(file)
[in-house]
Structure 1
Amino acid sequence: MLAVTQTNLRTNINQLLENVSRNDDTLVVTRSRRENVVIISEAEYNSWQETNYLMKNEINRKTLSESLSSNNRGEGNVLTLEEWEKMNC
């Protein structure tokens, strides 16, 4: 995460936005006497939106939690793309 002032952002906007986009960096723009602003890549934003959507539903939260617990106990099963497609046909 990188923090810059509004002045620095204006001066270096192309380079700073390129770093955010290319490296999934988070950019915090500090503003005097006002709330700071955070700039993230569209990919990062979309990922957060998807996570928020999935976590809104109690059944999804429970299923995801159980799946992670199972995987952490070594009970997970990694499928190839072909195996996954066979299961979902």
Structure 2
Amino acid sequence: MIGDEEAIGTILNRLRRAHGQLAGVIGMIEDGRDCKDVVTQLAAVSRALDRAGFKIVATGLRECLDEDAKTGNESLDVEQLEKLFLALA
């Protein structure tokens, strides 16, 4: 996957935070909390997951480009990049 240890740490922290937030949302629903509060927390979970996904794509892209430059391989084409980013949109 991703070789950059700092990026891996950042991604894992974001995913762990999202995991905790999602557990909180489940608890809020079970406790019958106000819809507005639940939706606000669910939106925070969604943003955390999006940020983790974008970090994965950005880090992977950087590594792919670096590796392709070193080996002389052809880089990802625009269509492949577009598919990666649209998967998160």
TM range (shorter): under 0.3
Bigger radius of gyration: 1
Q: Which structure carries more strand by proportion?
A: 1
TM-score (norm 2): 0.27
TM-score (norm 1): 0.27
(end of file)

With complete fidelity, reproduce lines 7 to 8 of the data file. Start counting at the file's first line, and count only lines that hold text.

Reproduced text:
């Protein structure tokens, strides 16, 4: 996957935070909390997951480009990049 240890740490922290937030949302629903509060927390979970996904794509892209430059391989084409980013949109 991703070789950059700092990026891996950042991604894992974001995913762990999202995991905790999602557990909180489940608890809020079970406790019958106000819809507005639940939706606000669910939106925070969604943003955390999006940020983790974008970090994965950005880090992977950087590594792919670096590796392709070193080996002389052809880089990802625009269509492949577009598919990666649209998967998160």
TM range (shorter): under 0.3